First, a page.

One of the staples of Carpenter’s Halloween that helped make it so creepy and chilling is the subtlety. The scariest scenes in the movie rely on atmosphere and setting more than they do gore or shock. One of the best examples of this is the score that was put together by John Carpenter himself. The all-electronic soundtrack to the film is everything that a horror movie soundtrack should be. I’ve tried to listen to it in the dark and I just cannot get through more than a track or two. It stands well on it’s own, but most importantly it accents the action in the movie without stealing your attention or overpowering the scenes. The score, while minimalist and generic, is definitely one of the defining elements of the film that helps make it so effective.
The soundtrack of the new Halloween was released on Tuesday, and while I do not have a copy myself, I have looked over the tracklist and I have hit my first ripple of skepticism. First off, I have heard the reworked version of the iconic Halloween theme song. Zombie commissioned Tyler Bates, who did an excellent score for 300, and it is good. True to form with a few new wrinkles that do not detract from the importance or creepiness of the song.
Tyler Bates Halloween 2007 Theme Song
Other than that, the OST looks like a fantastic mixtape, but I don’t know how songs like Tom Sawyer, Baby I Love Your Way, Love Hurts and Only Women Bleed will fit in with the motif of the film. I will give him the benefit of the doubt because of how well he laid out the songs in Devil’s Rejects, but I am concerned with the ability to create the proper mood and atmosphere associated with Michael Myers and Halloween using classic rock tunes instead of creepy synthesizer sounds.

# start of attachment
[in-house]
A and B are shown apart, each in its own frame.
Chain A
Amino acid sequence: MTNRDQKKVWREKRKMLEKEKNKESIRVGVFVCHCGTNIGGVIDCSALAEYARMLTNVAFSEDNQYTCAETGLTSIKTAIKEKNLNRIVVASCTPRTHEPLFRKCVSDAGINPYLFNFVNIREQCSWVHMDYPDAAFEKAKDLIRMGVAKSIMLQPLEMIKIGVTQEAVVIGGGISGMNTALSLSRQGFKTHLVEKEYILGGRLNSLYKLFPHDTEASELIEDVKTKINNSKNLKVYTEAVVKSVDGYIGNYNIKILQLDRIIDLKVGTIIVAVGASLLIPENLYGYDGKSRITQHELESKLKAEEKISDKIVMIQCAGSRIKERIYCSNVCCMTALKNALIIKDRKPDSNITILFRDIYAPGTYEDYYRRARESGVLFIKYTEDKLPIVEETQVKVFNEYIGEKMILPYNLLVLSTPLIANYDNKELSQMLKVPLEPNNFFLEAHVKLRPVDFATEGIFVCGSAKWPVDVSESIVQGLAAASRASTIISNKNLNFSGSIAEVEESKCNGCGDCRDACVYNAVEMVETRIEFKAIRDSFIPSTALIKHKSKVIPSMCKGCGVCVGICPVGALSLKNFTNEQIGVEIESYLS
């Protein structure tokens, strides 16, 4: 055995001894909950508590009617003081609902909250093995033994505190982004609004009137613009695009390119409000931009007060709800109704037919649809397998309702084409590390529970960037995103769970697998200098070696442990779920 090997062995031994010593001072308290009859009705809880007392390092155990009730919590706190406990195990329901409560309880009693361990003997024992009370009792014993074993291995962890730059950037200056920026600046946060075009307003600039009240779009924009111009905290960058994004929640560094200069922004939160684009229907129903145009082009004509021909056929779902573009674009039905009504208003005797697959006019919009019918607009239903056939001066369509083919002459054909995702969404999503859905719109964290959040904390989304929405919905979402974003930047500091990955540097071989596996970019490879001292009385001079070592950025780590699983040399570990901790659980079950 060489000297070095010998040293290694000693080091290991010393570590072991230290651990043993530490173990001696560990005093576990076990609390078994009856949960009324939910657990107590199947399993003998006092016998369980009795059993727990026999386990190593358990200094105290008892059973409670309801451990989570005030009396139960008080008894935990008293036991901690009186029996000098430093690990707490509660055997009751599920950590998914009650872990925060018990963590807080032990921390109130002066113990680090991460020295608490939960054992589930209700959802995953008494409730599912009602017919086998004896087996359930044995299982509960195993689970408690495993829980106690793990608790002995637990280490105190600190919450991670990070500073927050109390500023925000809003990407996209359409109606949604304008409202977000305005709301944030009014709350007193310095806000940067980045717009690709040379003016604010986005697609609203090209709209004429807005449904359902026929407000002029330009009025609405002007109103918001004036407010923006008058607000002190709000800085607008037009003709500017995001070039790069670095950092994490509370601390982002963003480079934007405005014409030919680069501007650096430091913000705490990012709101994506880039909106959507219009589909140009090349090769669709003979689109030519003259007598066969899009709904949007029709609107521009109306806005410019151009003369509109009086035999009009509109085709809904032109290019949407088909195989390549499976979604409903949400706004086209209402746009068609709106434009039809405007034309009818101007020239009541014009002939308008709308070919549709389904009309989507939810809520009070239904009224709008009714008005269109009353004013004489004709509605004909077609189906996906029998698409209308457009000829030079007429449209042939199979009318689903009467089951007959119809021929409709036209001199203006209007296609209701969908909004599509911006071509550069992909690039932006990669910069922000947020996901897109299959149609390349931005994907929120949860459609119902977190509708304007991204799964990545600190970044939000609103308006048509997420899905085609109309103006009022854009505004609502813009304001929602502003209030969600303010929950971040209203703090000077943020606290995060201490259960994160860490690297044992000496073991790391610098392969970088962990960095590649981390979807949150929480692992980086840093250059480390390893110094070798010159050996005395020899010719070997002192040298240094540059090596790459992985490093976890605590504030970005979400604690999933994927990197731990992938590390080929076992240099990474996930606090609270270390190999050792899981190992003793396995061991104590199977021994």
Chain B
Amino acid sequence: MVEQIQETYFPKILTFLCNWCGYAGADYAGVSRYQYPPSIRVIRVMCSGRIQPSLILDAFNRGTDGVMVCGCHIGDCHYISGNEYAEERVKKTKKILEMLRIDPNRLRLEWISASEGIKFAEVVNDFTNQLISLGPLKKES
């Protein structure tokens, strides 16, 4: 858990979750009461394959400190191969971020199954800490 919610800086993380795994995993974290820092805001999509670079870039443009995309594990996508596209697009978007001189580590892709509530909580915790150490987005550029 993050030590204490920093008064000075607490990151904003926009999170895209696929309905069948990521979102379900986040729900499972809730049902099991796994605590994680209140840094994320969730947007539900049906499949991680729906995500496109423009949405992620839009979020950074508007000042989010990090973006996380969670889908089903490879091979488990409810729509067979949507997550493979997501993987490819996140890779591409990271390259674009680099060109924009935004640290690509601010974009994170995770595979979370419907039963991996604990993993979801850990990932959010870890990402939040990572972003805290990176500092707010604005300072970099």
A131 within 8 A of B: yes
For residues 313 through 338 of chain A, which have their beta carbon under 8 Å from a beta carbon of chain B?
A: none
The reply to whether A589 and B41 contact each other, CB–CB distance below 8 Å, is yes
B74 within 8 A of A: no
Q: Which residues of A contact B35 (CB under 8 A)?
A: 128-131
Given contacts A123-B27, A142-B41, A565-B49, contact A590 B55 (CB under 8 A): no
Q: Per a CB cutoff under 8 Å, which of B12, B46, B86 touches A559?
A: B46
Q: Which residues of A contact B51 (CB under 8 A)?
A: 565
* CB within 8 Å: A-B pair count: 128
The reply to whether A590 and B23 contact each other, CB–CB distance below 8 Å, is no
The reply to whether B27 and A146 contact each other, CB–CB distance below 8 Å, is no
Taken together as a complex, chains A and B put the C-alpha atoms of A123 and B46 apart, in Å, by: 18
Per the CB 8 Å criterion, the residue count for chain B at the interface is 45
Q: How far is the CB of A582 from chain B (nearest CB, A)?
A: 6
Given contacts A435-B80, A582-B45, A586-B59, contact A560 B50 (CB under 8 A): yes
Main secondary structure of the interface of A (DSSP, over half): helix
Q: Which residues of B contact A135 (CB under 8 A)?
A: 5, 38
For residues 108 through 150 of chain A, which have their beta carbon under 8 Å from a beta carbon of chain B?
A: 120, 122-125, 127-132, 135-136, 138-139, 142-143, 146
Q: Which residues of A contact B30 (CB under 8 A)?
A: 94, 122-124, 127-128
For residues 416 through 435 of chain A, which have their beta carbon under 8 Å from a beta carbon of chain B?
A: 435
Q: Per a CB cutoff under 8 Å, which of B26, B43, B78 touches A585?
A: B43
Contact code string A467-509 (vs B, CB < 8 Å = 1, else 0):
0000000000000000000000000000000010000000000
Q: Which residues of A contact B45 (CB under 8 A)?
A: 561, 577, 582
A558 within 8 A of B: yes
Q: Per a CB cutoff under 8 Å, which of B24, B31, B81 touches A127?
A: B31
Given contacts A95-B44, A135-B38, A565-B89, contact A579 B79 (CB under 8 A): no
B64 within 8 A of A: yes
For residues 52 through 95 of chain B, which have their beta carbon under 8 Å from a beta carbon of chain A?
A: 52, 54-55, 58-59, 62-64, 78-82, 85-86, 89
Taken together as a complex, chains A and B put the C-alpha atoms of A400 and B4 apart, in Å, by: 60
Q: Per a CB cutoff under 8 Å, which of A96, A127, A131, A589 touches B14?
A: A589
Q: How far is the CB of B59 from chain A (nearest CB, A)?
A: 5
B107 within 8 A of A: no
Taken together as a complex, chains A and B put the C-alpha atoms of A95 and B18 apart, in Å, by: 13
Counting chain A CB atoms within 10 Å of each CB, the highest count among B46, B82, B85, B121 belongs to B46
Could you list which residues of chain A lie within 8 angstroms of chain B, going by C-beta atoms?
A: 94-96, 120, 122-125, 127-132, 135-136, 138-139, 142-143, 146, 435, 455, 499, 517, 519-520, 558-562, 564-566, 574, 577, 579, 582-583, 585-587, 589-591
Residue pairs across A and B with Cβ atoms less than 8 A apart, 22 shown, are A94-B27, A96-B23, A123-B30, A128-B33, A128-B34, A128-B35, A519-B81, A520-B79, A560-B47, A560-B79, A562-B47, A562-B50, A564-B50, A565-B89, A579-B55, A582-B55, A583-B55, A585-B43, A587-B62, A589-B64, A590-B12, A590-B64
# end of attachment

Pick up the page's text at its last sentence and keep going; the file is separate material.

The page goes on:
Zombie chose former WCW wrestler Tyler Mane to portray the adult Michael Myers. Mane, as an actor, is most well known for his roles as Sabertooth in X Men, Ajax in Troy, and most importantly, Bondi the oil rig worker in Joe Dirt who accidentally ignites himself while pissing on an oil fire. In an interview with MTV.com, Mane claims that Zombie had him in mind for the part while he was writing the script, and also mentions that he (Zombie) wanted to hire an actor, not just a stuntman, for the role in the hopes of “bringing a little something different to the character.” This also does not bode well with me. The rigid, emotionless portrayal of Myers in the original Halloween by Tony Moran only enhanced the constant dehumanization of of the killer that occurs throughout the movie, and my biggest concern is that too much “acting” might result in a more sympathetic Myers – the last thing he should be.
One casting decision that I think it will be hard to argue with was landing the versatile, veteran character-actor Malcom McDowell to play Michael Myers’ shrink, Dr. Loomis. McDowell has been in about a billion different things, but is most well know as Alex from Stanley Kubrick’s 1971 film adaptation of A Clockwork Orange. Loomis, originally portrayed by versatile, veteran character-actor Donald Pleasence, spends most of the film spinning his wheels in an attempt to hunt down Myers before he can kill again. Taken lightly by most, herr doctor leads an aloof pursuit of Myers with little support and spends as much time looking over his shoulder as he does for Michael. Loomis has some of the most memorable dialog in the movie, including his description of Myers as having “the devil’s eyes.” I am looking forward to McDowell’s take on Loomis.